By Stefan Gingerich, senior research analyst
Whether you’re a chef oversalting a soufflé or a pharmacist counting out too many pills, sleep deprivation can lead to mistakes ranging from basic to even dangerous.
In our busy world, we may push back bedtime to cram in more work, kids’ activities, or TV binge-watching (Game of Thrones, anyone?). Just 27% of Americans get the recommended 7 to 9 hours of sleep each night. And our research shows that employees who sleep 5 hours a night (compared to 8 hours) miss 1.5 times more workdays due to illness.
When those sleep-deprived employees do show up to work, they may be more than just groggy and less productive. They may be mistake-prone. New research—one of the largest sleep-deprivation studies ever—shows that sleep-deprived people are about twice as likely to make mistakes. Said another way, about half of the errors a sleep-deprived person makes are very much avoidable and due to poor sleep habits.
Losing sleep can mess with memory
Study participants came to a sleep lab at 10 p.m. for the 24-hour study. They were asked to complete a series of tasks, in a specific order. They were pretty simple tasks, like determining if a letter was underlined or italicized, above or below a box, and in red or yellow type. Interrupted at random times, they had to remember where they were in the sequence of tasks so they could pick up where they had left off. The tasks were designed to replicate the cognitive skills required to complete office work such as entering data or approving timecards.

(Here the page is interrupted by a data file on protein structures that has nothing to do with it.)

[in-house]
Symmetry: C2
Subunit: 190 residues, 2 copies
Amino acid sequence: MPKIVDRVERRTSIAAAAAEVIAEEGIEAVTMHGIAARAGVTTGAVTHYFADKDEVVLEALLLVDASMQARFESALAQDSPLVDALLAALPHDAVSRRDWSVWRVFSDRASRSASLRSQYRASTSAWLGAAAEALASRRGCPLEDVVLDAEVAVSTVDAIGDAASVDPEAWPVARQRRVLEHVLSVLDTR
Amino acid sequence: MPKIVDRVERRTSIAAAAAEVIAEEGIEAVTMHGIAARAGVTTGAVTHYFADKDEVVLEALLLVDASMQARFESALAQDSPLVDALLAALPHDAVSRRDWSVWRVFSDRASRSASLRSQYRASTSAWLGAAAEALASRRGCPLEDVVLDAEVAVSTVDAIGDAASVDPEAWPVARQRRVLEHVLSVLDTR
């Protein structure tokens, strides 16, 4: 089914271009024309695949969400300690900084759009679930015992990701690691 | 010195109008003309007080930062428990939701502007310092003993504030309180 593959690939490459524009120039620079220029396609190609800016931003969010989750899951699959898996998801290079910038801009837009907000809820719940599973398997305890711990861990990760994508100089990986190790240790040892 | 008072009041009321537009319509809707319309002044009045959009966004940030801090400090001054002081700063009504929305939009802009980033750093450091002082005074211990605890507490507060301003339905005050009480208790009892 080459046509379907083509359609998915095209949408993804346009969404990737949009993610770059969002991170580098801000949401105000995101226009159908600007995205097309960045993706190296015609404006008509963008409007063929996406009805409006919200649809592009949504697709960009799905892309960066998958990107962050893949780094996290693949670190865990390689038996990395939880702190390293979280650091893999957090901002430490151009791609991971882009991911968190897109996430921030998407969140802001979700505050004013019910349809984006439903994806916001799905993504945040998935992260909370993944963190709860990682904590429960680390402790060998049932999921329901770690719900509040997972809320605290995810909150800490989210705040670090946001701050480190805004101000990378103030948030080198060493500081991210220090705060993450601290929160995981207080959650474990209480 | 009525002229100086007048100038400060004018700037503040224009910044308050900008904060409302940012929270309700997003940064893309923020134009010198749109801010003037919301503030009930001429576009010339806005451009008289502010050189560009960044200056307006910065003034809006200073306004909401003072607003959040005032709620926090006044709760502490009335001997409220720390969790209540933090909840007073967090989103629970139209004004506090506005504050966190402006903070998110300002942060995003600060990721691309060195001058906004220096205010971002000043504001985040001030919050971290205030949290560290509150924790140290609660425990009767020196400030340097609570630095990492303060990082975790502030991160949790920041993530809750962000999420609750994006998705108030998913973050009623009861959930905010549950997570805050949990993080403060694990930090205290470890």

At midnight, half of the participants went home to sleep while the other half stayed awake in the lab. Before the groups split up, it’s important to understand that the group that stayed at the lab had made the same number of mistakes as the group that went home to sleep. The next morning, everyone completed the tasks again—and the results were much different.
A good night's sleep may mean a good day's work
This time, 15% of the sleep-deprived participants failed at the task. They simply couldn’t do it with the required level of accuracy. Compare that to only a 1% failure rate of those who had gotten a good night’s sleep. Among those who were able to complete the task, the error rate was between 20% and 33% for the sleep-deprived group and about 12% to 15% for the group who slept well. All in all, the sleep-deprived group made about twice as many errors.
We’ve heard of sleep-deprivation mistakes made in hospitals, on assembly lines, or even at nuclear power plants. These can be tragic or catastrophic errors that understandably get a great deal of attention. But this study shows sleep deprivation can affect anyone whose role requires thinking, reasoning, and memory. Consider an accounting firm, with accountants feverishly working overtime as the clock winds down to tax day. How many of them aren’t getting enough sleep—and making avoidable errors in their calculations?
For your employees, sleep shouldn’t be viewed as downtime or a necessary evil that eats into productivity. Instead, it should be viewed as hugely beneficial, a time when the body is restoring itself, leading to better physical and mental health. Here are some easy ways for your employees (and you) to improve your sleep.
5 tips for better sleep at night
- Set a sleep schedule and stick to it, even on weekends
- Say no to napping, especially in the afternoon, if you have trouble sleeping
- Sleep in a cool, dark, quiet room (try blackout curtains or a white noise machine)
- Manage your body clock by increasing daytime exposure to bright light and avoiding blue light (like TV and phone screens) in the evening
- Create a bedtime wind-down ritual with a calming activity like reading or meditation
Give your employees tools they need to rise and shine. See how our StayWell Platform provides digital learning modules to help employees understand more about managing stress for improved sleep.